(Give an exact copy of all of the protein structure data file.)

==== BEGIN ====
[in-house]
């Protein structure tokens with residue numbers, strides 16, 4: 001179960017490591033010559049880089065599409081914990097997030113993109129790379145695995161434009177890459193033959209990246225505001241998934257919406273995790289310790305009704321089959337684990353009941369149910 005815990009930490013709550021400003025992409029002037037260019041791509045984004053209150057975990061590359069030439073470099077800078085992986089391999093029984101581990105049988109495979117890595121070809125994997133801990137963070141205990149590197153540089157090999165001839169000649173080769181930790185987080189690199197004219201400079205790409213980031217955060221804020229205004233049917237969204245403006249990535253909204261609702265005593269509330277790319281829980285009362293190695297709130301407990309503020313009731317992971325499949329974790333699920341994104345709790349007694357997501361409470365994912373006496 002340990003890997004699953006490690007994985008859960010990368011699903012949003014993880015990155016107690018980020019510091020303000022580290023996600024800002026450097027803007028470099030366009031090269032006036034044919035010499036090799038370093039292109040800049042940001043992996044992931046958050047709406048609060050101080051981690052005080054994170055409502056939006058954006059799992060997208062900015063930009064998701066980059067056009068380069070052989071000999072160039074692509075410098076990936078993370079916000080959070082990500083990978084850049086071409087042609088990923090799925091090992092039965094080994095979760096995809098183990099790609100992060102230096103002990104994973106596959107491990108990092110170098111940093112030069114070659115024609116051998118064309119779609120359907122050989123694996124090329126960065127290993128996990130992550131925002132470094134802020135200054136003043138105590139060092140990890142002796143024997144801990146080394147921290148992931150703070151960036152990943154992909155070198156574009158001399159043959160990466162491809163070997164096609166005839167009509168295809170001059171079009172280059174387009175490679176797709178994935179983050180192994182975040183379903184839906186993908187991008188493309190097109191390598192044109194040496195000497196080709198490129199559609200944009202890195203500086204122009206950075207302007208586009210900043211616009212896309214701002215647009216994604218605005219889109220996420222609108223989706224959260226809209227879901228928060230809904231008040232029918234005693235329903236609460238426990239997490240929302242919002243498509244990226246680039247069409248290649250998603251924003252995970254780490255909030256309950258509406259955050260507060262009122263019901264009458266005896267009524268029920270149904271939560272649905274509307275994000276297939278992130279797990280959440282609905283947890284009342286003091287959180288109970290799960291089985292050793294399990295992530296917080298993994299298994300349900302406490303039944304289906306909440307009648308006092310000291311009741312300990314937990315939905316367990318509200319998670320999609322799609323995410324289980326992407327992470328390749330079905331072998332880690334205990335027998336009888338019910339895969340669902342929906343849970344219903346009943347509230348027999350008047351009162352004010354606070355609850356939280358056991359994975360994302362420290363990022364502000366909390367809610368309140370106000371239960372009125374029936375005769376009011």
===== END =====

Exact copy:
[in-house]
């Protein structure tokens with residue numbers, strides 16, 4: 001179960017490591033010559049880089065599409081914990097997030113993109129790379145695995161434009177890459193033959209990246225505001241998934257919406273995790289310790305009704321089959337684990353009941369149910 005815990009930490013709550021400003025992409029002037037260019041791509045984004053209150057975990061590359069030439073470099077800078085992986089391999093029984101581990105049988109495979117890595121070809125994997133801990137963070141205990149590197153540089157090999165001839169000649173080769181930790185987080189690199197004219201400079205790409213980031217955060221804020229205004233049917237969204245403006249990535253909204261609702265005593269509330277790319281829980285009362293190695297709130301407990309503020313009731317992971325499949329974790333699920341994104345709790349007694357997501361409470365994912373006496 002340990003890997004699953006490690007994985008859960010990368011699903012949003014993880015990155016107690018980020019510091020303000022580290023996600024800002026450097027803007028470099030366009031090269032006036034044919035010499036090799038370093039292109040800049042940001043992996044992931046958050047709406048609060050101080051981690052005080054994170055409502056939006058954006059799992060997208062900015063930009064998701066980059067056009068380069070052989071000999072160039074692509075410098076990936078993370079916000080959070082990500083990978084850049086071409087042609088990923090799925091090992092039965094080994095979760096995809098183990099790609100992060102230096103002990104994973106596959107491990108990092110170098111940093112030069114070659115024609116051998118064309119779609120359907122050989123694996124090329126960065127290993128996990130992550131925002132470094134802020135200054136003043138105590139060092140990890142002796143024997144801990146080394147921290148992931150703070151960036152990943154992909155070198156574009158001399159043959160990466162491809163070997164096609166005839167009509168295809170001059171079009172280059174387009175490679176797709178994935179983050180192994182975040183379903184839906186993908187991008188493309190097109191390598192044109194040496195000497196080709198490129199559609200944009202890195203500086204122009206950075207302007208586009210900043211616009212896309214701002215647009216994604218605005219889109220996420222609108223989706224959260226809209227879901228928060230809904231008040232029918234005693235329903236609460238426990239997490240929302242919002243498509244990226246680039247069409248290649250998603251924003252995970254780490255909030256309950258509406259955050260507060262009122263019901264009458266005896267009524268029920270149904271939560272649905274509307275994000276297939278992130279797990280959440282609905283947890284009342286003091287959180288109970290799960291089985292050793294399990295992530296917080298993994299298994300349900302406490303039944304289906306909440307009648308006092310000291311009741312300990314937990315939905316367990318509200319998670320999609322799609323995410324289980326992407327992470328390749330079905331072998332880690334205990335027998336009888338019910339895969340669902342929906343849970344219903346009943347509230348027999350008047351009162352004010354606070355609850356939280358056991359994975360994302362420290363990022364502000366909390367809610368309140370106000371239960372009125374029936375005769376009011």